Seasonal and close to home, gorgeous-looking Russet apples from Maidstone are challenging other eaters, including good English Coxes and Royal Gala. Among the cookers, Howgate Wonder is a good option instead of Bramley. A cross between a Blenheim Orange and Newton Wonder, it’s larger, but lighter and has a much fluffier texture. They will be around for about three weeks.
Swedes are among a splendid range of roots, alongside turnips, parsnips, celeriac, chervil roots, parsley roots, golden beetroot, candy beetroot and Jerusalem artichokes. Shetland Black potatoes are among the excellent and eclectic crop grown by Lucy Carroll in Northumberland – worth exploring for those winter dishes. Autumn truffles are available for about £350-£400 per kg, while white truffles have gone crazy, soaring up to £4,000 per kg. There is also an abundance of squashes available in the lead-up to Hallowe’en.
Bad weather has seen patchy landings this past week and, as a result, pollack is hard to find, as is English line-caught mackerel and sea bass. On the plus side, the first Cornish herrings have arrived, alongside sardines, and both are in great condition. Good brill is around, and Dover sole prices are down to about £15.50 per kg.
Top-end restaurants are snapping up the Northern Irish pike on the market at present, so act quickly to get it on your menu. There are sensible prices attached to skate wings from north Devon, and there are excellent large plaice around. Now is a great time for crab, with plenty of good-quality meaty specimens around. Lobster prices are creeping up, but there are still lots on the market.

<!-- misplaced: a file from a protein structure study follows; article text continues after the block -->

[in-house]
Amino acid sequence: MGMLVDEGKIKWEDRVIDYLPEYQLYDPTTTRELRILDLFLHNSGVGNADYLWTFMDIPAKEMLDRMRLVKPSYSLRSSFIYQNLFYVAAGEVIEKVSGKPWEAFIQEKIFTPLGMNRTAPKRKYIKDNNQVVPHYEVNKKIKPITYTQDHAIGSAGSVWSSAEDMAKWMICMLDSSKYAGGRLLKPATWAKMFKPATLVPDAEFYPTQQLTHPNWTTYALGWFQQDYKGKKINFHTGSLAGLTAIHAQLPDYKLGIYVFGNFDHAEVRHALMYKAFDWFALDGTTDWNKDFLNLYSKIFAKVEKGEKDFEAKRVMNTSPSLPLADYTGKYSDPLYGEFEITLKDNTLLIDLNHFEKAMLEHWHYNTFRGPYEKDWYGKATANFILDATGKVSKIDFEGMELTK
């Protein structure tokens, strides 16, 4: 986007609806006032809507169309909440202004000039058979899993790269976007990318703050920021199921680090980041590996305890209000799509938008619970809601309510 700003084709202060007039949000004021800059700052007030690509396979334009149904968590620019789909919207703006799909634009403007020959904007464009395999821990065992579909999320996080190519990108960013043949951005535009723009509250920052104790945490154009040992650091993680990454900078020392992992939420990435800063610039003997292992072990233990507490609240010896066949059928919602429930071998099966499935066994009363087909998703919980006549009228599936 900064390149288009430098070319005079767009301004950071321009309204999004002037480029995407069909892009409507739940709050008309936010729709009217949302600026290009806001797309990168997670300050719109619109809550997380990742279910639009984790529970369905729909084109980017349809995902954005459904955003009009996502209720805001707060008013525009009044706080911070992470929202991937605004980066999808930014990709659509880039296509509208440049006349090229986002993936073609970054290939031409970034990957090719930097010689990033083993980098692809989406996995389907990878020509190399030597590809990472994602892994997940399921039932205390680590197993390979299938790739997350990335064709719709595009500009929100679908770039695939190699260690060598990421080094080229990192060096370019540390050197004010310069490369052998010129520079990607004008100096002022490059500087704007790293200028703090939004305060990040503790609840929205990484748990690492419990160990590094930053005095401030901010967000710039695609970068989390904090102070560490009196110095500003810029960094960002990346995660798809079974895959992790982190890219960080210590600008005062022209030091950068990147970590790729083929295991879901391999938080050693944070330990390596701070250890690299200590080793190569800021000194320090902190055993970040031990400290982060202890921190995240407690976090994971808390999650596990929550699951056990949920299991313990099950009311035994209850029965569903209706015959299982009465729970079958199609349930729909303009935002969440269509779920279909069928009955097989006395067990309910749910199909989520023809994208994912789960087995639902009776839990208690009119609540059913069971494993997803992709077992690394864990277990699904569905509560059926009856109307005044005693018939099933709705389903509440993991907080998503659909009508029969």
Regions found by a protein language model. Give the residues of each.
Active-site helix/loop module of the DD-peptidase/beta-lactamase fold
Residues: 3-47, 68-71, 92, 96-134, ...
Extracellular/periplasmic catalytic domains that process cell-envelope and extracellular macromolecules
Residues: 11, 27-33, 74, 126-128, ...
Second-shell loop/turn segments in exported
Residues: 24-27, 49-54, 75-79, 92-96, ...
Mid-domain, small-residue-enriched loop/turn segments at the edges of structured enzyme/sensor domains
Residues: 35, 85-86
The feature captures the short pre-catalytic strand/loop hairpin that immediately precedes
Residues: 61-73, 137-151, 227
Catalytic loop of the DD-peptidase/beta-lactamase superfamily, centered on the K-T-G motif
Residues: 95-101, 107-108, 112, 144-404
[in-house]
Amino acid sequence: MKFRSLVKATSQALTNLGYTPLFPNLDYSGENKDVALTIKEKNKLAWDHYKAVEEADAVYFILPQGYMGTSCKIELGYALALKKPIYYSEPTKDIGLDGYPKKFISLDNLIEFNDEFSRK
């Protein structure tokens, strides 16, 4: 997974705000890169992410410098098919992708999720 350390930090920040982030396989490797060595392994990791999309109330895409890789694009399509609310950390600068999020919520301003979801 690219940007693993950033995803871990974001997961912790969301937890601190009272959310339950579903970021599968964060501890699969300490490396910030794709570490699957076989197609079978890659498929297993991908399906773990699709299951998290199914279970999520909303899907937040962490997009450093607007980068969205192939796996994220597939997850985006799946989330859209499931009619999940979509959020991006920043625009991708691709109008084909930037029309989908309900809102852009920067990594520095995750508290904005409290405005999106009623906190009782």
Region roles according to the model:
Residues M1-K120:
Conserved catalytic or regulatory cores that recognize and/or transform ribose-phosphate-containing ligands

Source: Chef Direct – 01275 474707
Pheasants are now in good shape and will be on the market until January. The price at present stands at about £5.50 a brace. English partridge are still available in good numbers, but ducks are scarce to come by. Hares are increasing in number, and venison is in excellent condition – a must for all menus.
Source: Chef Direct – 01275 474707
Roast pheasant, Koffmann cabbage and pomegranate sauce
For the pheasant
2 pheasants, wishbone and legs removed
80ml rapeseed oil
For the Koffmann cabbage
200g Savoy cabbage
15g goose fat
100ml double cream
For the pomegranate sauce
4 pheasant legs
40ml rapeseed oil
1/4 litre chicken stock
4tbs cooked polenta
For the pheasant, preheat the oven to 200°C. Season the pheasants, then heat the rapeseed oil in a frying pan and brown the breasts, for about five minutes on each side. Place the birds in the oven for 10 minutes and rest in a warm place for 10 minutes.
For the cabbage, cut the carrots and celeriac into small batons of equal size. Cut the pancetta into lardons. Cut the cabbage into 1in squares, without vein. In a good heavy-bottomed pan, heat the goose fat with the pancetta. When it is nicely coloured add the carrots and celeriac and season. After one minute add the cabbage. Cook until cabbage is soft. Drain in a colander, put back in the pan, add the cream, mix for 20 seconds, check seasoning and remove.
Prepare the sauce in advance and reserve: remove the meat from the pheasant legs and chop into small pieces. Dice the shallots, carrot and celeriac. Fry the leg meat in a pan with a little rapeseed oil, add the shallots, celeriac and carrots and caramelise. Scoop out a spoonful of pomegranate seeds and reserve.
Pour the hot chicken stock over the vegetables. Add half the pomegranate seeds and juice and grenadine. Reduce by half and pass through sieve. Add the rest of the seeds, infuse for 30 minutes and strain again. Taste the sauce. Reduce slightly until it is a good consistency. Cover and leave on side of stove.
To serve, pile the cabbage at back of plate, put a spoon of polenta in front of plate. Take the breast off the bone, slice and arrange on the polenta. Add the reserved pomegranate seeds to the sauce and pour over the pheasant.
Tim Payne, head chef, Paradise By Way Of Kensal Green, London
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